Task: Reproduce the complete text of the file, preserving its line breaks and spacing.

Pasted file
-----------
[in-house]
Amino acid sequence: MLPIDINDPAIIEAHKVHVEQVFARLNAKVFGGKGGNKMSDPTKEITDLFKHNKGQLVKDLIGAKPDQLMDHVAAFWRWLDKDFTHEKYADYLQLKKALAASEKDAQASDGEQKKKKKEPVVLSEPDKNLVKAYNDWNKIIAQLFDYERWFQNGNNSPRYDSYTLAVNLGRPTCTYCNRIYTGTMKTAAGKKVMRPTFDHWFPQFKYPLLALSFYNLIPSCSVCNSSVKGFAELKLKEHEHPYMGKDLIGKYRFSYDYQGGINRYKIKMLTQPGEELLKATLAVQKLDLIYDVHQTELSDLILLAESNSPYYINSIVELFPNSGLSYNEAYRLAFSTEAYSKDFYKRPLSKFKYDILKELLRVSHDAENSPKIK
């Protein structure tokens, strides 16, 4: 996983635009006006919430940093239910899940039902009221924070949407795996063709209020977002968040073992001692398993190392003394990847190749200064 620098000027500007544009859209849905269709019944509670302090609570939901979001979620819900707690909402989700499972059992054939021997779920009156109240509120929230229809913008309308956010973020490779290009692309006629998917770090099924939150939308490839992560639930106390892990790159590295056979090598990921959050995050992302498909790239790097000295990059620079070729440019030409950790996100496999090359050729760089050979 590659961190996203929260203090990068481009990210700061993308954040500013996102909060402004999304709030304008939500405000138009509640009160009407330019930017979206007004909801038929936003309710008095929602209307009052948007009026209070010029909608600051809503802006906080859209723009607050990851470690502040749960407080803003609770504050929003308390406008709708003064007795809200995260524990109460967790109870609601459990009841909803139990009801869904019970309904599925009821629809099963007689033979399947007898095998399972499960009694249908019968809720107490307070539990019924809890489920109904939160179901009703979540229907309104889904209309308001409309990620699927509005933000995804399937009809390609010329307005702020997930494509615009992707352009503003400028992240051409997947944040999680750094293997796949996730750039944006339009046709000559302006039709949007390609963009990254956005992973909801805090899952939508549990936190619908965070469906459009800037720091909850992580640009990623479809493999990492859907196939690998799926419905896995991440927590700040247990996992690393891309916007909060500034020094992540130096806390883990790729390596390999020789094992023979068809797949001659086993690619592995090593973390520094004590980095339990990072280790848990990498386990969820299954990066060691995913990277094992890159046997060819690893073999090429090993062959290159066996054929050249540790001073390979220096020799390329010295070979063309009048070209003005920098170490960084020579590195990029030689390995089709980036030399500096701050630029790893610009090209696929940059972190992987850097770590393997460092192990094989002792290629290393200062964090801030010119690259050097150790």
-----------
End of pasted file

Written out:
[in-house]
Amino acid sequence: MLPIDINDPAIIEAHKVHVEQVFARLNAKVFGGKGGNKMSDPTKEITDLFKHNKGQLVKDLIGAKPDQLMDHVAAFWRWLDKDFTHEKYADYLQLKKALAASEKDAQASDGEQKKKKKEPVVLSEPDKNLVKAYNDWNKIIAQLFDYERWFQNGNNSPRYDSYTLAVNLGRPTCTYCNRIYTGTMKTAAGKKVMRPTFDHWFPQFKYPLLALSFYNLIPSCSVCNSSVKGFAELKLKEHEHPYMGKDLIGKYRFSYDYQGGINRYKIKMLTQPGEELLKATLAVQKLDLIYDVHQTELSDLILLAESNSPYYINSIVELFPNSGLSYNEAYRLAFSTEAYSKDFYKRPLSKFKYDILKELLRVSHDAENSPKIK
């Protein structure tokens, strides 16, 4: 996983635009006006919430940093239910899940039902009221924070949407795996063709209020977002968040073992001692398993190392003394990847190749200064 620098000027500007544009859209849905269709019944509670302090609570939901979001979620819900707690909402989700499972059992054939021997779920009156109240509120929230229809913008309308956010973020490779290009692309006629998917770090099924939150939308490839992560639930106390892990790159590295056979090598990921959050995050992302498909790239790097000295990059620079070729440019030409950790996100496999090359050729760089050979 590659961190996203929260203090990068481009990210700061993308954040500013996102909060402004999304709030304008939500405000138009509640009160009407330019930017979206007004909801038929936003309710008095929602209307009052948007009026209070010029909608600051809503802006906080859209723009607050990851470690502040749960407080803003609770504050929003308390406008709708003064007795809200995260524990109460967790109870609601459990009841909803139990009801869904019970309904599925009821629809099963007689033979399947007898095998399972499960009694249908019968809720107490307070539990019924809890489920109904939160179901009703979540229907309104889904209309308001409309990620699927509005933000995804399937009809390609010329307005702020997930494509615009992707352009503003400028992240051409997947944040999680750094293997796949996730750039944006339009046709000559302006039709949007390609963009990254956005992973909801805090899952939508549990936190619908965070469906459009800037720091909850992580640009990623479809493999990492859907196939690998799926419905896995991440927590700040247990996992690393891309916007909060500034020094992540130096806390883990790729390596390999020789094992023979068809797949001659086993690619592995090593973390520094004590980095339990990072280790848990990498386990969820299954990066060691995913990277094992890159046997060819690893073999090429090993062959290159066996054929050249540790001073390979220096020799390329010295070979063309009048070209003005920098170490960084020579590195990029030689390995089709980036030399500096701050630029790893610009090209696929940059972190992987850097770590393997460092192990094989002792290629290393200062964090801030010119690259050097150790």